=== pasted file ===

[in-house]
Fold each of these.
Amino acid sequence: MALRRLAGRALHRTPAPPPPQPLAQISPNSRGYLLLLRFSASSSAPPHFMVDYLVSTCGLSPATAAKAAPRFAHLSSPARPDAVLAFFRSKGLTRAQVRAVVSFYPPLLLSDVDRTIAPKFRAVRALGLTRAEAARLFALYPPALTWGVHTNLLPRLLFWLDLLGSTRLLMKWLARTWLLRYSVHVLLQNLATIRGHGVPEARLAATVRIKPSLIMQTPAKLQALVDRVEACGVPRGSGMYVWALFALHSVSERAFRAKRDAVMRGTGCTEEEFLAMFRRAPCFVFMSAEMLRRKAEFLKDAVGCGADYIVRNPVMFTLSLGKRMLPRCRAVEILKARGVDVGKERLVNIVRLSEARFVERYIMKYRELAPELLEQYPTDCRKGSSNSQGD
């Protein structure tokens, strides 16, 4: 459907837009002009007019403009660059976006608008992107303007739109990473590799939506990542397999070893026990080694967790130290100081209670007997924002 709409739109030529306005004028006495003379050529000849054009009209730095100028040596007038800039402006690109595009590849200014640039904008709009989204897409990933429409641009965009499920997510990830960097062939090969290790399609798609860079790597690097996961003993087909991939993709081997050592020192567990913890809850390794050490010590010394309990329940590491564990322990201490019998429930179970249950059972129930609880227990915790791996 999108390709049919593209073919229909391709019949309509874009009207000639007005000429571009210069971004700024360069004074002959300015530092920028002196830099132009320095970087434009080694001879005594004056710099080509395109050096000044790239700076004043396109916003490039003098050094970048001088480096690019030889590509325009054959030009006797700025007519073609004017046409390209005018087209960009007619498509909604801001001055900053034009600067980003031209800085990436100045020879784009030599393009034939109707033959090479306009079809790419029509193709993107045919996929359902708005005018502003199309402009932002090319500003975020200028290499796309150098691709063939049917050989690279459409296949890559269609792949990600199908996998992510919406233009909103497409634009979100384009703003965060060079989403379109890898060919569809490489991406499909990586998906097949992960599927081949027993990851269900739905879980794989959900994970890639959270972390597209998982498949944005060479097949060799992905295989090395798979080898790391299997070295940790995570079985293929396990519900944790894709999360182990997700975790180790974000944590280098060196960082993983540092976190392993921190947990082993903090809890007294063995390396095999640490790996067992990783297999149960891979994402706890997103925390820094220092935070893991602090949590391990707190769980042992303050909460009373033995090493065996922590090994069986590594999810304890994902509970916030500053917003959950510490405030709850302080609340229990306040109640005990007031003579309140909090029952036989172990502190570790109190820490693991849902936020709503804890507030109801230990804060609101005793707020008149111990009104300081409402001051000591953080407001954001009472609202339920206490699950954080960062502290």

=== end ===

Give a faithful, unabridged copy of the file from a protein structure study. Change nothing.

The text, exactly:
[in-house]
Fold each of these.
Amino acid sequence: MALRRLAGRALHRTPAPPPPQPLAQISPNSRGYLLLLRFSASSSAPPHFMVDYLVSTCGLSPATAAKAAPRFAHLSSPARPDAVLAFFRSKGLTRAQVRAVVSFYPPLLLSDVDRTIAPKFRAVRALGLTRAEAARLFALYPPALTWGVHTNLLPRLLFWLDLLGSTRLLMKWLARTWLLRYSVHVLLQNLATIRGHGVPEARLAATVRIKPSLIMQTPAKLQALVDRVEACGVPRGSGMYVWALFALHSVSERAFRAKRDAVMRGTGCTEEEFLAMFRRAPCFVFMSAEMLRRKAEFLKDAVGCGADYIVRNPVMFTLSLGKRMLPRCRAVEILKARGVDVGKERLVNIVRLSEARFVERYIMKYRELAPELLEQYPTDCRKGSSNSQGD
């Protein structure tokens, strides 16, 4: 459907837009002009007019403009660059976006608008992107303007739109990473590799939506990542397999070893026990080694967790130290100081209670007997924002 709409739109030529306005004028006495003379050529000849054009009209730095100028040596007038800039402006690109595009590849200014640039904008709009989204897409990933429409641009965009499920997510990830960097062939090969290790399609798609860079790597690097996961003993087909991939993709081997050592020192567990913890809850390794050490010590010394309990329940590491564990322990201490019998429930179970249950059972129930609880227990915790791996 999108390709049919593209073919229909391709019949309509874009009207000639007005000429571009210069971004700024360069004074002959300015530092920028002196830099132009320095970087434009080694001879005594004056710099080509395109050096000044790239700076004043396109916003490039003098050094970048001088480096690019030889590509325009054959030009006797700025007519073609004017046409390209005018087209960009007619498509909604801001001055900053034009600067980003031209800085990436100045020879784009030599393009034939109707033959090479306009079809790419029509193709993107045919996929359902708005005018502003199309402009932002090319500003975020200028290499796309150098691709063939049917050989690279459409296949890559269609792949990600199908996998992510919406233009909103497409634009979100384009703003965060060079989403379109890898060919569809490489991406499909990586998906097949992960599927081949027993990851269900739905879980794989959900994970890639959270972390597209998982498949944005060479097949060799992905295989090395798979080898790391299997070295940790995570079985293929396990519900944790894709999360182990997700975790180790974000944590280098060196960082993983540092976190392993921190947990082993903090809890007294063995390396095999640490790996067992990783297999149960891979994402706890997103925390820094220092935070893991602090949590391990707190769980042992303050909460009373033995090493065996922590090994069986590594999810304890994902509970916030500053917003959950510490405030709850302080609340229990306040109640005990007031003579309140909090029952036989172990502190570790109190820490693991849902936020709503804890507030109801230990804060609101005793707020008149111990009104300081409402001051000591953080407001954001009472609202339920206490699950954080960062502290």